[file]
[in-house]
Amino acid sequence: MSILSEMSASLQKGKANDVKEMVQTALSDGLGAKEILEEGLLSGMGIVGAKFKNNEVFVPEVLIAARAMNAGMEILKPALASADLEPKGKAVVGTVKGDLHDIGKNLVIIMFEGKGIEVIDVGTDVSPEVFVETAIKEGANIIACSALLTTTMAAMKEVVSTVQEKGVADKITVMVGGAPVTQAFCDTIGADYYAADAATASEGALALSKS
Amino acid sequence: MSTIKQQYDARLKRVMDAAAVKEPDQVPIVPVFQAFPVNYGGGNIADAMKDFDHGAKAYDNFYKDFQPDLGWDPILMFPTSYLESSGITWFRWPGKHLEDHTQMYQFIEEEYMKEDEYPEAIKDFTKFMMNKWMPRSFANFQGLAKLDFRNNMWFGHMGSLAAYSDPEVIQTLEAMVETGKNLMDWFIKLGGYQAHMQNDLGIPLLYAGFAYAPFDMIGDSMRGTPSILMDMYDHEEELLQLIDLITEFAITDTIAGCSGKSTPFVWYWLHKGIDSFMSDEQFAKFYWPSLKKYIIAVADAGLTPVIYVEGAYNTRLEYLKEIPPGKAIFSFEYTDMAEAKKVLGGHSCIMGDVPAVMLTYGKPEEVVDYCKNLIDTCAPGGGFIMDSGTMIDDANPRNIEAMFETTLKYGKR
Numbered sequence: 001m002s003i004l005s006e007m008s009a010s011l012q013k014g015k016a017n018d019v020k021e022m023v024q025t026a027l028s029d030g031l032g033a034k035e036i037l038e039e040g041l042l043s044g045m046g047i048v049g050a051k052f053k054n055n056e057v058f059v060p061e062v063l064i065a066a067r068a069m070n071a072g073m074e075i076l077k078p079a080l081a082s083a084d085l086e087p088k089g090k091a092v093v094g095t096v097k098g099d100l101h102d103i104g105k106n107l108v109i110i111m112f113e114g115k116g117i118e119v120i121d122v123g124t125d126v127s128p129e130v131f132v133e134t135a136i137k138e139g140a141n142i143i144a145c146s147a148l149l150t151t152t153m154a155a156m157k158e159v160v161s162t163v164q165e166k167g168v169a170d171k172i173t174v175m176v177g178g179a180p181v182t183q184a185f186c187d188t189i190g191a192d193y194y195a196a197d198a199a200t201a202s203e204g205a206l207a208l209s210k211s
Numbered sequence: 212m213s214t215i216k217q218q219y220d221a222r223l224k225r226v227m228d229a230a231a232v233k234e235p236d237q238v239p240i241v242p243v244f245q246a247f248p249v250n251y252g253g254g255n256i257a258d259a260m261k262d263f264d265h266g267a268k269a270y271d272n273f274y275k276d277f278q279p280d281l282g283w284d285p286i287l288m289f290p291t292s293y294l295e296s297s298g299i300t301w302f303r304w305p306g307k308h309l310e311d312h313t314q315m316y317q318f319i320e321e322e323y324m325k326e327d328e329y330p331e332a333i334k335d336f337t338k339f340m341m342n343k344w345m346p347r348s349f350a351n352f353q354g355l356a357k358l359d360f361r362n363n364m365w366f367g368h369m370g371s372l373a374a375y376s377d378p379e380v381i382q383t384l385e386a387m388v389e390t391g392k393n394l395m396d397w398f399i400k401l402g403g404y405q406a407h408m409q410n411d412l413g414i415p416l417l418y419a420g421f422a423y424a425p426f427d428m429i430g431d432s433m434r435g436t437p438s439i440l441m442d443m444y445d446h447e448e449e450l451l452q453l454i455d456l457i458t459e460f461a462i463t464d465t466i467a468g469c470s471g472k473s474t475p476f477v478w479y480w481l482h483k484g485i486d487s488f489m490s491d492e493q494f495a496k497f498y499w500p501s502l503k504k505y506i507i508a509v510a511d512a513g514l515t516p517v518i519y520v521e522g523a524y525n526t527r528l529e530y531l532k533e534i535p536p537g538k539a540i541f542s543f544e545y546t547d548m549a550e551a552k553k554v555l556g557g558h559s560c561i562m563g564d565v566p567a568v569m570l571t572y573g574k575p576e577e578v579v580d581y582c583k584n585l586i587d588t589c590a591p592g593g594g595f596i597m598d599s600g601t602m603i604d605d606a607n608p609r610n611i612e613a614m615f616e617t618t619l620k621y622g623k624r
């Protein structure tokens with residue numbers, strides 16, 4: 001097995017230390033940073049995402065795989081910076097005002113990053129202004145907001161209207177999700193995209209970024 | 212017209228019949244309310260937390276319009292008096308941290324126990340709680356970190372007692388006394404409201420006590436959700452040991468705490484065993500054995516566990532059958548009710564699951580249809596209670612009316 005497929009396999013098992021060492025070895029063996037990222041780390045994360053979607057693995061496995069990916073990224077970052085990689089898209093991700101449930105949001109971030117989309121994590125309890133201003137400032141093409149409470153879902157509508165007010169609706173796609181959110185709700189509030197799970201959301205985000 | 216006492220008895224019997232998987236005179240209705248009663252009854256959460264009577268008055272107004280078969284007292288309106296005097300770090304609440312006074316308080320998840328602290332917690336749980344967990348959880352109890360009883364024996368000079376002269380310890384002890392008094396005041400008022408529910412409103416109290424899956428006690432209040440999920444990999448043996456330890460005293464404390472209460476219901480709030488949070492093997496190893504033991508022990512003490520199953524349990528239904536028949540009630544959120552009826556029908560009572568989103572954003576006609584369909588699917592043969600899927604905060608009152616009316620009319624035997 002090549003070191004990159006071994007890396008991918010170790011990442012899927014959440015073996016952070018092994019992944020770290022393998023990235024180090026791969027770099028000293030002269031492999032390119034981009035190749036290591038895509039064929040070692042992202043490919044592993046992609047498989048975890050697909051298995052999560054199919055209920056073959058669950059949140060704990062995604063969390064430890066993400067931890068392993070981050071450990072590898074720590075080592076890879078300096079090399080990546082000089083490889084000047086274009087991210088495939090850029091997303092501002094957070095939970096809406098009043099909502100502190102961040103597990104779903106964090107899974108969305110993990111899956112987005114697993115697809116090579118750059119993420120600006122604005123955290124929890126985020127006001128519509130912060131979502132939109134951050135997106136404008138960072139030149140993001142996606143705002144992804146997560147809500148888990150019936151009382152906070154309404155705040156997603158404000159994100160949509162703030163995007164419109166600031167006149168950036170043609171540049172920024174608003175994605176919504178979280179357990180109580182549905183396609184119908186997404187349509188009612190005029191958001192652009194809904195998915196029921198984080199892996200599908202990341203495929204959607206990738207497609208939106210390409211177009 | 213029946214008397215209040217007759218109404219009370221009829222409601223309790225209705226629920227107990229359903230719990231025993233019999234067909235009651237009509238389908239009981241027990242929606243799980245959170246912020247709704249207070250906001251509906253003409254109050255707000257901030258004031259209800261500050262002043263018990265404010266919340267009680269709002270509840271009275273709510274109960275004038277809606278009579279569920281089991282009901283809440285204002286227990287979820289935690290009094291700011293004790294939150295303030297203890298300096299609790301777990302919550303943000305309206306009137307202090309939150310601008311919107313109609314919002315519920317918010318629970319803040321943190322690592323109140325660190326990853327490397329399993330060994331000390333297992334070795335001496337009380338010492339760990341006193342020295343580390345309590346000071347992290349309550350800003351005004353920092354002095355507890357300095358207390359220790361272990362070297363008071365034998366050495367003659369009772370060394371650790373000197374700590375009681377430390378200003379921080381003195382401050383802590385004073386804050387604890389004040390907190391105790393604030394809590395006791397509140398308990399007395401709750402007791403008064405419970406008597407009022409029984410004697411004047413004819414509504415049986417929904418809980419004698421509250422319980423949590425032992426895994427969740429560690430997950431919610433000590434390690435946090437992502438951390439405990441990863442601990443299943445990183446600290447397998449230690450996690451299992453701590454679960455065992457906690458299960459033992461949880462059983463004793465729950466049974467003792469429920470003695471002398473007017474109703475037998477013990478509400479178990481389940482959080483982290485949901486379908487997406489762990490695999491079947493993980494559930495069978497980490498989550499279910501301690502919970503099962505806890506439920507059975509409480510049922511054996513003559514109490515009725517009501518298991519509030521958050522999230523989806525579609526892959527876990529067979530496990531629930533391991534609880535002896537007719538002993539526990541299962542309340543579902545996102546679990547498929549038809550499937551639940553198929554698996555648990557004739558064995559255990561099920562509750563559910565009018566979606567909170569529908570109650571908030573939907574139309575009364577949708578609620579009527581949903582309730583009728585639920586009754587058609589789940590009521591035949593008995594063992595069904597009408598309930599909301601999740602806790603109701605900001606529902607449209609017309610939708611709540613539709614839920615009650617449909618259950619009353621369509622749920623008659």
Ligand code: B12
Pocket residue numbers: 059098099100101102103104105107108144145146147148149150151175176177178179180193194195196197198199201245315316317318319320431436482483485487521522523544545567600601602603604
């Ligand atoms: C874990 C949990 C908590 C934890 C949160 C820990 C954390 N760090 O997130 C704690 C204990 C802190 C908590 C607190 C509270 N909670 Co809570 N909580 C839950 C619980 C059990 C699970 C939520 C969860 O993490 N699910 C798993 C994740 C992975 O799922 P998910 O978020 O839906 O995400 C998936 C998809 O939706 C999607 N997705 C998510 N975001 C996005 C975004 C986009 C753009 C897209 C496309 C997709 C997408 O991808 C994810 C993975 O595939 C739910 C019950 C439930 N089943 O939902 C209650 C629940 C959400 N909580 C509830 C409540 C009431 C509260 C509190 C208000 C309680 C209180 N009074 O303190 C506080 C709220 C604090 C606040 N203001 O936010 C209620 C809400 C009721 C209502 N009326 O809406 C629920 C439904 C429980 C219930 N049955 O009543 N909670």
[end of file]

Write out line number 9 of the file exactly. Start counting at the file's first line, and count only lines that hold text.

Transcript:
């Ligand atoms: C874990 C949990 C908590 C934890 C949160 C820990 C954390 N760090 O997130 C704690 C204990 C802190 C908590 C607190 C509270 N909670 Co809570 N909580 C839950 C619980 C059990 C699970 C939520 C969860 O993490 N699910 C798993 C994740 C992975 O799922 P998910 O978020 O839906 O995400 C998936 C998809 O939706 C999607 N997705 C998510 N975001 C996005 C975004 C986009 C753009 C897209 C496309 C997709 C997408 O991808 C994810 C993975 O595939 C739910 C019950 C439930 N089943 O939902 C209650 C629940 C959400 N909580 C509830 C409540 C009431 C509260 C509190 C208000 C309680 C209180 N009074 O303190 C506080 C709220 C604090 C606040 N203001 O936010 C209620 C809400 C009721 C209502 N009326 O809406 C629920 C439904 C429980 C219930 N049955 O009543 N909670």